At Berseba, the mounted brigades were united and the pursuit continued with the troops on short rations. On reaching Grundorn on 26 April, they found the telegraph line to be intact, enabling the interception of German telephone messages, which revealed that the Germans were unaware of the proximity of the South African flying column and intended leaving Gibeon that night. If the Central Force column moved fast enough, it might trap the German force. Scouts reported that a train was getting up steam in Gibeon Station and that there was much movement of supplies from the village to the station, but the Germans took their time leaving, not realising how close the Central Force was. The attack opened when a party of South African scouts and engineers was sent forward to blow up the railway line to Windhuk. Three mounted rifle regiments, the Umvoti Mounted Rifles, the 2nd Imperial Light Horse and Natal Light Horse, under the command of Col J P Royston, moved in after the demolition team.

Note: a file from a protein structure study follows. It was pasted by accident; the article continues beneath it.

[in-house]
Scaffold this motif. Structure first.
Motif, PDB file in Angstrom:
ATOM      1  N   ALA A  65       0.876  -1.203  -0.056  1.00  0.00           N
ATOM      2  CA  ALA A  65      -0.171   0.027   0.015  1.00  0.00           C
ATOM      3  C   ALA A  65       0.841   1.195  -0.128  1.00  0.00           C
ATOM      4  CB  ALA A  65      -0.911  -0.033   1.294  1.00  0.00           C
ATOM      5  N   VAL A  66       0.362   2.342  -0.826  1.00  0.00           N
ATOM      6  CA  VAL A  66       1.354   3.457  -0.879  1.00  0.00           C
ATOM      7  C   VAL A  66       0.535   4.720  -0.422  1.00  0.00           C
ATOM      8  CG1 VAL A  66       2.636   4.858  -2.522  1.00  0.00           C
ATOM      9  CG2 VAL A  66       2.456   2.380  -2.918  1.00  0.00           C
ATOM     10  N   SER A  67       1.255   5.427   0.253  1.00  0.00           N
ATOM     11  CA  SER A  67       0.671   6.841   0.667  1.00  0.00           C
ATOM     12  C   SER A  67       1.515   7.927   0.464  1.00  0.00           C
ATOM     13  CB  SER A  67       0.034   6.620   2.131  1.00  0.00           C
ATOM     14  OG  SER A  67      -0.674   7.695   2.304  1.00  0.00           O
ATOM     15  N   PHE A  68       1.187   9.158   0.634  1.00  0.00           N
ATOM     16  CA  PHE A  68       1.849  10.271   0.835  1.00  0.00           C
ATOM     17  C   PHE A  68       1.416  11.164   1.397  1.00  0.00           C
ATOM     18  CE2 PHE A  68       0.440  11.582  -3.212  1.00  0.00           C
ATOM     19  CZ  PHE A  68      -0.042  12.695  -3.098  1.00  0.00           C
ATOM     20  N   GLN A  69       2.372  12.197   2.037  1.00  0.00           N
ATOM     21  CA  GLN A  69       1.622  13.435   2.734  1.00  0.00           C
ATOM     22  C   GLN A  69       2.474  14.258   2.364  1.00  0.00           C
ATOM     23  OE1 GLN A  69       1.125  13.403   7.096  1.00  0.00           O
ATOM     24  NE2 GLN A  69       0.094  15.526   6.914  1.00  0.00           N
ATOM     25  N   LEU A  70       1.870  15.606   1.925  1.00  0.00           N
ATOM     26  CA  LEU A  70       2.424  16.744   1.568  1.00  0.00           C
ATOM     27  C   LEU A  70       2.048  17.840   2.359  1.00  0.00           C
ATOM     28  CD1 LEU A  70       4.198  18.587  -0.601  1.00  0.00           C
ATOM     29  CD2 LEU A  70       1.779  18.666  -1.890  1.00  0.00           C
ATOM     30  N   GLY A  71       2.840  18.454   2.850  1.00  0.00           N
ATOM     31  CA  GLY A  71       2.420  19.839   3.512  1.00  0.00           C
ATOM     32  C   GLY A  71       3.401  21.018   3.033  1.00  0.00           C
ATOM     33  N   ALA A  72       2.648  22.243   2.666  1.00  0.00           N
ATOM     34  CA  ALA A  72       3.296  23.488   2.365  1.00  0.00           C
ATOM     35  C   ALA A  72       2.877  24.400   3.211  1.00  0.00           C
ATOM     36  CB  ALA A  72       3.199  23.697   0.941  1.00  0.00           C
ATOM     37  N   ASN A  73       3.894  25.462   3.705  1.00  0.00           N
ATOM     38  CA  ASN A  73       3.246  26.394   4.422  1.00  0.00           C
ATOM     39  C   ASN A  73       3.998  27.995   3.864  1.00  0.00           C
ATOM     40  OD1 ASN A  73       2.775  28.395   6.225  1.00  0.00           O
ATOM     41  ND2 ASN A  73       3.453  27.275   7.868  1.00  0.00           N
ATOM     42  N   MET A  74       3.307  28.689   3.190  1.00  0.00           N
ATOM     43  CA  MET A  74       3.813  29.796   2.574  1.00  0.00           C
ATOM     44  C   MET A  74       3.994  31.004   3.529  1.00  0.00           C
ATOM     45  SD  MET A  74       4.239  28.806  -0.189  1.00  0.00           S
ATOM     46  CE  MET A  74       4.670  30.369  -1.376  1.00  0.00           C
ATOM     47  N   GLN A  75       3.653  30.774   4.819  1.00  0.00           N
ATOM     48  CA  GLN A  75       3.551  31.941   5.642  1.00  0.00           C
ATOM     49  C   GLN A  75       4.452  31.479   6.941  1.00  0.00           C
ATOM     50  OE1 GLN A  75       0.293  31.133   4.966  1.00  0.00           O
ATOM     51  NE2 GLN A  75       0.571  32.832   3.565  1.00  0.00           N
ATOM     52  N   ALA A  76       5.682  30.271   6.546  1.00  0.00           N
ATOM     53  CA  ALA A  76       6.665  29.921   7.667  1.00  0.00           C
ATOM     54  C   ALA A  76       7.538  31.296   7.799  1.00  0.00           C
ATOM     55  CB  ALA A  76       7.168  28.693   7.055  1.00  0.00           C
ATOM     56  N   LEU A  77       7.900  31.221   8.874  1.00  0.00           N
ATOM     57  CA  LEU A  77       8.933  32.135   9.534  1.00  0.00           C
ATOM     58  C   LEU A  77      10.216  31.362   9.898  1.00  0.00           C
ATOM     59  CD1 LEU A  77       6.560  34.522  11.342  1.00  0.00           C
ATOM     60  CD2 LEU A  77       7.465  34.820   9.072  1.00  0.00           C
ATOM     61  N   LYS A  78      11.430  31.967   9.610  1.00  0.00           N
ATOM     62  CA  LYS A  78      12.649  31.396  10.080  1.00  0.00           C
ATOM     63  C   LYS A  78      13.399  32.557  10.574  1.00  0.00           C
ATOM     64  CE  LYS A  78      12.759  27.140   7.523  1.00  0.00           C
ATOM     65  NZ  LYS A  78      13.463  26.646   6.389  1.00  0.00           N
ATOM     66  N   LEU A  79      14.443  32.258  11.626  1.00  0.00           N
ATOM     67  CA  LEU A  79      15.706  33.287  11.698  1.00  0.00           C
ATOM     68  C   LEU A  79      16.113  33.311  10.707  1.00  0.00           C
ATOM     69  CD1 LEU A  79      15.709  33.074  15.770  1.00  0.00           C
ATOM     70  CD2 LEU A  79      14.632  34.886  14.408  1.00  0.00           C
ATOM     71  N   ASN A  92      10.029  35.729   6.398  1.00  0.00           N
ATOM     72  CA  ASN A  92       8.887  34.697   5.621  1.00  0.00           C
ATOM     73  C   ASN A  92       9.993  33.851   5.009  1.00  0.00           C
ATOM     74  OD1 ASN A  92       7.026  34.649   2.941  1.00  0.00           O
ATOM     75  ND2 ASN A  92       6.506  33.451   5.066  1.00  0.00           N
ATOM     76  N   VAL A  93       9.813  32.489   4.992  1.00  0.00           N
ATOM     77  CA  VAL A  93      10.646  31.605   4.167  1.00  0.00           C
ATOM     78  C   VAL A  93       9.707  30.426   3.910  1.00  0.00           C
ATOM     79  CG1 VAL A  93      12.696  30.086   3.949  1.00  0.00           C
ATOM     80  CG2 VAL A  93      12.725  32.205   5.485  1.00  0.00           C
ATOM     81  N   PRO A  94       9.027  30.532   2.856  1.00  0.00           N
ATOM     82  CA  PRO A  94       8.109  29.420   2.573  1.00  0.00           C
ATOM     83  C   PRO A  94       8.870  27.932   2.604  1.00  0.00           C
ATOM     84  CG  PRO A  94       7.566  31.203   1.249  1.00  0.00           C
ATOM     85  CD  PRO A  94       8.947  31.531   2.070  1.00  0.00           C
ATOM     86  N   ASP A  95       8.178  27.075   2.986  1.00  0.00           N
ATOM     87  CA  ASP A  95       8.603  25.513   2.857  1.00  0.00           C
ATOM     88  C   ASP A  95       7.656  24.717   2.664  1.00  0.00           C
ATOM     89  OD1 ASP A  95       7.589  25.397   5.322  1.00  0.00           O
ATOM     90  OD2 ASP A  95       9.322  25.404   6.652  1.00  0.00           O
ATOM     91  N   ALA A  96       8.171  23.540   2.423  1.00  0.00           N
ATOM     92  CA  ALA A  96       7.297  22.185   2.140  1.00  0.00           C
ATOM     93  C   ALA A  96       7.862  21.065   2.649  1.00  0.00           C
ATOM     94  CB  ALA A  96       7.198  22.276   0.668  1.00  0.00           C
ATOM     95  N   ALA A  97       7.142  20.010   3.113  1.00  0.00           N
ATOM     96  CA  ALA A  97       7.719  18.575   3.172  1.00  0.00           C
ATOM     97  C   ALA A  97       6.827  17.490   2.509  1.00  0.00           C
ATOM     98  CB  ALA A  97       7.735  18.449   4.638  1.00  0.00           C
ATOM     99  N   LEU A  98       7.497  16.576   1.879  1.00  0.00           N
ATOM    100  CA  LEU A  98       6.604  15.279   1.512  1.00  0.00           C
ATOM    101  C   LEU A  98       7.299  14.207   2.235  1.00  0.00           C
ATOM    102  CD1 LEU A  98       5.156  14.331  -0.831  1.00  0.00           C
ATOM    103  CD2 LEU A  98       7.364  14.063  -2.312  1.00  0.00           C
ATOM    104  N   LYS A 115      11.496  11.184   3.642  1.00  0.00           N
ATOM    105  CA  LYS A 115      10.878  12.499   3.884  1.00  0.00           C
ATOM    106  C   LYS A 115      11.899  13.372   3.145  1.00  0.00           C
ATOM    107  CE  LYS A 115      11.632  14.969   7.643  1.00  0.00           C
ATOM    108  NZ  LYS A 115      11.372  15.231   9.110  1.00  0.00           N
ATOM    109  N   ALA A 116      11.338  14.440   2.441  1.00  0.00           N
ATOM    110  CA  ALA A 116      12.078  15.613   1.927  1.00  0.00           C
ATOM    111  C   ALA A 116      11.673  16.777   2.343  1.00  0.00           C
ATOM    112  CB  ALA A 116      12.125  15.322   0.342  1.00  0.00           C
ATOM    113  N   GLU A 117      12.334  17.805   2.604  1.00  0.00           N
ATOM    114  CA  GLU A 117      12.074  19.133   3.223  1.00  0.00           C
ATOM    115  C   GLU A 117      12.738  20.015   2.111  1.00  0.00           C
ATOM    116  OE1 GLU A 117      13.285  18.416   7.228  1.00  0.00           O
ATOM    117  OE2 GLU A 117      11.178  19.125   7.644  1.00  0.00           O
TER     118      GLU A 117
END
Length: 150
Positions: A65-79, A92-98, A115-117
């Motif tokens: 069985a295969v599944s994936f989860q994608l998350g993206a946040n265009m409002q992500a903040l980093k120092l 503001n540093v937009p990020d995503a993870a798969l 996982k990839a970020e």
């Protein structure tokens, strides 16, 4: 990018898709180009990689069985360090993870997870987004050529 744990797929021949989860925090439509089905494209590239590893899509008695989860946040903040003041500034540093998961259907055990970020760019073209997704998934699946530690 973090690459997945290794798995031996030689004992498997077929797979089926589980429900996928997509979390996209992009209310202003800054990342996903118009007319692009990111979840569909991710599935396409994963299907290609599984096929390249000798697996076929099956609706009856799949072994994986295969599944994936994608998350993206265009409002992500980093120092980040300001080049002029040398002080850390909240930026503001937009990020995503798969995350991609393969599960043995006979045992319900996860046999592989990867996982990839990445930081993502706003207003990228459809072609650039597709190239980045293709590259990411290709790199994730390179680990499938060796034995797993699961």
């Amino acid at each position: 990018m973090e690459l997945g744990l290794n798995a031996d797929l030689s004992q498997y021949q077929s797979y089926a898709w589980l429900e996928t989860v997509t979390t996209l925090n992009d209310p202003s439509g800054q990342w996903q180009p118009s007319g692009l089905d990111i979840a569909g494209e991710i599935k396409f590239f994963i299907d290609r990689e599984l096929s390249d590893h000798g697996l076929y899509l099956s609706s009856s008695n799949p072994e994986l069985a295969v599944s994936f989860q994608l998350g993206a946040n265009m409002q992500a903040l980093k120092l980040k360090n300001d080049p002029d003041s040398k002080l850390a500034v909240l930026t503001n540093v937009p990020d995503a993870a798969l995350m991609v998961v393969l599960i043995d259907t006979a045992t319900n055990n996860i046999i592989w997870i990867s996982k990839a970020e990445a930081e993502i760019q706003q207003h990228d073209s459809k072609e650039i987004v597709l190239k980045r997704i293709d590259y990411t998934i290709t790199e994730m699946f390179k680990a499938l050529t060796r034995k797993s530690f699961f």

Royston’s orders were to cut the German line of retreat, but he made several mistakes in deployment. The most serious of these was that he positioned his force too close to where the railway line had been blown up. A German patrol, sent to investigate the explosion, soon located his force, which was also unwisely deployed parallel to, rather than across, a possible German retreat. Poor reconnaissance on the part of Royston’s force also enabled a German machine gun to wreak havoc on the South African position from a nearby railway culvert. Inexplicably, too, Royston himself then went to the rear to bring up the Umvoti Mounted Rifles. In his absence, the commander of the 2nd ILH gave the order to retreat to the horses. When Royston returned, he ordered a general withdrawal. In the confusion that followed, a squadron of the inexperienced Natal Light Horse, left behind, was forced to surrender shortly after dawn. Royston withdrew his men 4,8km to the east to await daybreak.